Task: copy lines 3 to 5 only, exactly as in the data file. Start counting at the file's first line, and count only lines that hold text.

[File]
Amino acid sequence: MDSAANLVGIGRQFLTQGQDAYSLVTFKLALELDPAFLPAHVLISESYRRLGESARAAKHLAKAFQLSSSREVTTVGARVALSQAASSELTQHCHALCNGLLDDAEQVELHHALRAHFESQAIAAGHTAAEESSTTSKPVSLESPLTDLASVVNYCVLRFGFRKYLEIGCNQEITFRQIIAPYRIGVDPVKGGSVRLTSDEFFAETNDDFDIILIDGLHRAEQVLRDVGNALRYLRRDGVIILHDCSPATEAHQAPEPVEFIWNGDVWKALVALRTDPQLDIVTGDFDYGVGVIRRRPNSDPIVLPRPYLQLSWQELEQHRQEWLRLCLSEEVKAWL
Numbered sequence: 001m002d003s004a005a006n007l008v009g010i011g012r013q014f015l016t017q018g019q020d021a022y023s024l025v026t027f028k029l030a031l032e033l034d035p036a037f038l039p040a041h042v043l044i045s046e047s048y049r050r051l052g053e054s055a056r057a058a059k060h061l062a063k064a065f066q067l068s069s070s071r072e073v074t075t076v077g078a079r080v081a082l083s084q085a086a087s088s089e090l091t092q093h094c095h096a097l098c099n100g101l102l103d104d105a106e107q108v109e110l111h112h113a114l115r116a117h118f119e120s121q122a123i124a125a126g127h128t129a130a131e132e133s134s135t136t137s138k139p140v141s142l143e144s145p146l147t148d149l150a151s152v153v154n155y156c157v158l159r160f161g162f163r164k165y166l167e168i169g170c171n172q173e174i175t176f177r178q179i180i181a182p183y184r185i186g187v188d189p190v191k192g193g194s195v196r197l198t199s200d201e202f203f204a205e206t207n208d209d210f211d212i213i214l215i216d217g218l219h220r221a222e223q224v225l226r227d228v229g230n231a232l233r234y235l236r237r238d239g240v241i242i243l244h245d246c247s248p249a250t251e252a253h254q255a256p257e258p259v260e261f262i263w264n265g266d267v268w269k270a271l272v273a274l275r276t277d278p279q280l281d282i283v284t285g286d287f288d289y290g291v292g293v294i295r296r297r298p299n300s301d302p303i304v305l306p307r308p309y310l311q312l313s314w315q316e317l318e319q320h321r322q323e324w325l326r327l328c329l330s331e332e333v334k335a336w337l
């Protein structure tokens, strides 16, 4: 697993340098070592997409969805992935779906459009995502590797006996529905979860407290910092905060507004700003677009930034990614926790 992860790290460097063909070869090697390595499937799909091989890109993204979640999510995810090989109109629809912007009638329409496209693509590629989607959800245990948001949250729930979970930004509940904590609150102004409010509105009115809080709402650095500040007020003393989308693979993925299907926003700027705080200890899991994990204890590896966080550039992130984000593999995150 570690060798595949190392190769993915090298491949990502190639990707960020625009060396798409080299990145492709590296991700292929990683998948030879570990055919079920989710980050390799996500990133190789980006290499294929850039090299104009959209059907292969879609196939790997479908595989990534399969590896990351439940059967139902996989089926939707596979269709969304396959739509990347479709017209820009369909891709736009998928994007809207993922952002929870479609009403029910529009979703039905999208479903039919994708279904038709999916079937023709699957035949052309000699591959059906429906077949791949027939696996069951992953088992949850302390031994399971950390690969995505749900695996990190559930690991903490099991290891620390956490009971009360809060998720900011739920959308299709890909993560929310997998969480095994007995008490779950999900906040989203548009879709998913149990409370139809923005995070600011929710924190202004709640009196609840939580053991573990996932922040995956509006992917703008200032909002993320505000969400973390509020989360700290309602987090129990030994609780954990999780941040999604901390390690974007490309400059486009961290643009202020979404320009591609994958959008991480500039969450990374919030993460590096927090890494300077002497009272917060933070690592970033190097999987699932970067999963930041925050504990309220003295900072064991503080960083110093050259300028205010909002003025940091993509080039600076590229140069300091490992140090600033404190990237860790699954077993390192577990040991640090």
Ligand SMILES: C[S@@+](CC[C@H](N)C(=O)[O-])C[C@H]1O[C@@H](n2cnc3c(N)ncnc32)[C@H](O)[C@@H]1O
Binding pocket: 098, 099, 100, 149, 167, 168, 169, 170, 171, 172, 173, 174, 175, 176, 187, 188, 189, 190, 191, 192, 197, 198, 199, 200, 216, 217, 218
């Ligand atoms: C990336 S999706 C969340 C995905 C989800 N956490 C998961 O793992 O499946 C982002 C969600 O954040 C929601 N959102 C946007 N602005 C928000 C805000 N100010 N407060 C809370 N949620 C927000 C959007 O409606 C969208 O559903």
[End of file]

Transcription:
């Protein structure tokens, strides 16, 4: 697993340098070592997409969805992935779906459009995502590797006996529905979860407290910092905060507004700003677009930034990614926790 992860790290460097063909070869090697390595499937799909091989890109993204979640999510995810090989109109629809912007009638329409496209693509590629989607959800245990948001949250729930979970930004509940904590609150102004409010509105009115809080709402650095500040007020003393989308693979993925299907926003700027705080200890899991994990204890590896966080550039992130984000593999995150 570690060798595949190392190769993915090298491949990502190639990707960020625009060396798409080299990145492709590296991700292929990683998948030879570990055919079920989710980050390799996500990133190789980006290499294929850039090299104009959209059907292969879609196939790997479908595989990534399969590896990351439940059967139902996989089926939707596979269709969304396959739509990347479709017209820009369909891709736009998928994007809207993922952002929870479609009403029910529009979703039905999208479903039919994708279904038709999916079937023709699957035949052309000699591959059906429906077949791949027939696996069951992953088992949850302390031994399971950390690969995505749900695996990190559930690991903490099991290891620390956490009971009360809060998720900011739920959308299709890909993560929310997998969480095994007995008490779950999900906040989203548009879709998913149990409370139809923005995070600011929710924190202004709640009196609840939580053991573990996932922040995956509006992917703008200032909002993320505000969400973390509020989360700290309602987090129990030994609780954990999780941040999604901390390690974007490309400059486009961290643009202020979404320009591609994958959008991480500039969450990374919030993460590096927090890494300077002497009272917060933070690592970033190097999987699932970067999963930041925050504990309220003295900072064991503080960083110093050259300028205010909002003025940091993509080039600076590229140069300091490992140090600033404190990237860790699954077993390192577990040991640090």
Ligand SMILES: C[S@@+](CC[C@H](N)C(=O)[O-])C[C@H]1O[C@@H](n2cnc3c(N)ncnc32)[C@H](O)[C@@H]1O
Binding pocket: 098, 099, 100, 149, 167, 168, 169, 170, 171, 172, 173, 174, 175, 176, 187, 188, 189, 190, 191, 192, 197, 198, 199, 200, 216, 217, 218